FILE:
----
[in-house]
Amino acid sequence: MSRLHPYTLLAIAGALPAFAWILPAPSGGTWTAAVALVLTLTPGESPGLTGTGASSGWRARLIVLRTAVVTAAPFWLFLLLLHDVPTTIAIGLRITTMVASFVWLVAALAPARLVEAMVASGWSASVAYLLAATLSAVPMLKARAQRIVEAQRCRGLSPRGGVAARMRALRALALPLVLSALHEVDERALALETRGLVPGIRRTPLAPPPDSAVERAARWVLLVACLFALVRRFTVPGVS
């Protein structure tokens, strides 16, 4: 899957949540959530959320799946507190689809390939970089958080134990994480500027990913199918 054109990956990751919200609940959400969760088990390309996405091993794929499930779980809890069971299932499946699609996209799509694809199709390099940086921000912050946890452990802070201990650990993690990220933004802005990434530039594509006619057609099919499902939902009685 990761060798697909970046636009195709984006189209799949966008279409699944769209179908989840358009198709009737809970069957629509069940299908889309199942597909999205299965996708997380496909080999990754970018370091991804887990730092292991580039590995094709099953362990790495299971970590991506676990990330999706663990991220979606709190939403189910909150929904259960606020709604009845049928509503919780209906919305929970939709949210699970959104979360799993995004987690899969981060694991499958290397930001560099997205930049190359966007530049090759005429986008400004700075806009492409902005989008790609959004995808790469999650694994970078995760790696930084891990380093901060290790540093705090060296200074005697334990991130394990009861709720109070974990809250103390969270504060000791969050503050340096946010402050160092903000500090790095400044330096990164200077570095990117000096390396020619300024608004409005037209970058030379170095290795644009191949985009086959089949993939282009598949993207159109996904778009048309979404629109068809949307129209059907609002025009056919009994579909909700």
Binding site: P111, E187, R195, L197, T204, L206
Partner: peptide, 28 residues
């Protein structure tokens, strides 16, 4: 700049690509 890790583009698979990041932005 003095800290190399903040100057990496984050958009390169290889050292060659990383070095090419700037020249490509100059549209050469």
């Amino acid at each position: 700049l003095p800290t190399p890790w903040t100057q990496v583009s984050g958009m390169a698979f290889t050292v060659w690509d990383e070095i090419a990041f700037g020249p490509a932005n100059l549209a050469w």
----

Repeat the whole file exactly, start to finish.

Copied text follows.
[in-house]
Amino acid sequence: MSRLHPYTLLAIAGALPAFAWILPAPSGGTWTAAVALVLTLTPGESPGLTGTGASSGWRARLIVLRTAVVTAAPFWLFLLLLHDVPTTIAIGLRITTMVASFVWLVAALAPARLVEAMVASGWSASVAYLLAATLSAVPMLKARAQRIVEAQRCRGLSPRGGVAARMRALRALALPLVLSALHEVDERALALETRGLVPGIRRTPLAPPPDSAVERAARWVLLVACLFALVRRFTVPGVS
């Protein structure tokens, strides 16, 4: 899957949540959530959320799946507190689809390939970089958080134990994480500027990913199918 054109990956990751919200609940959400969760088990390309996405091993794929499930779980809890069971299932499946699609996209799509694809199709390099940086921000912050946890452990802070201990650990993690990220933004802005990434530039594509006619057609099919499902939902009685 990761060798697909970046636009195709984006189209799949966008279409699944769209179908989840358009198709009737809970069957629509069940299908889309199942597909999205299965996708997380496909080999990754970018370091991804887990730092292991580039590995094709099953362990790495299971970590991506676990990330999706663990991220979606709190939403189910909150929904259960606020709604009845049928509503919780209906919305929970939709949210699970959104979360799993995004987690899969981060694991499958290397930001560099997205930049190359966007530049090759005429986008400004700075806009492409902005989008790609959004995808790469999650694994970078995760790696930084891990380093901060290790540093705090060296200074005697334990991130394990009861709720109070974990809250103390969270504060000791969050503050340096946010402050160092903000500090790095400044330096990164200077570095990117000096390396020619300024608004409005037209970058030379170095290795644009191949985009086959089949993939282009598949993207159109996904778009048309979404629109068809949307129209059907609002025009056919009994579909909700």
Binding site: P111, E187, R195, L197, T204, L206
Partner: peptide, 28 residues
């Protein structure tokens, strides 16, 4: 700049690509 890790583009698979990041932005 003095800290190399903040100057990496984050958009390169290889050292060659990383070095090419700037020249490509100059549209050469």
């Amino acid at each position: 700049l003095p800290t190399p890790w903040t100057q990496v583009s984050g958009m390169a698979f290889t050292v060659w690509d990383e070095i090419a990041f700037g020249p490509a932005n100059l549209a050469w």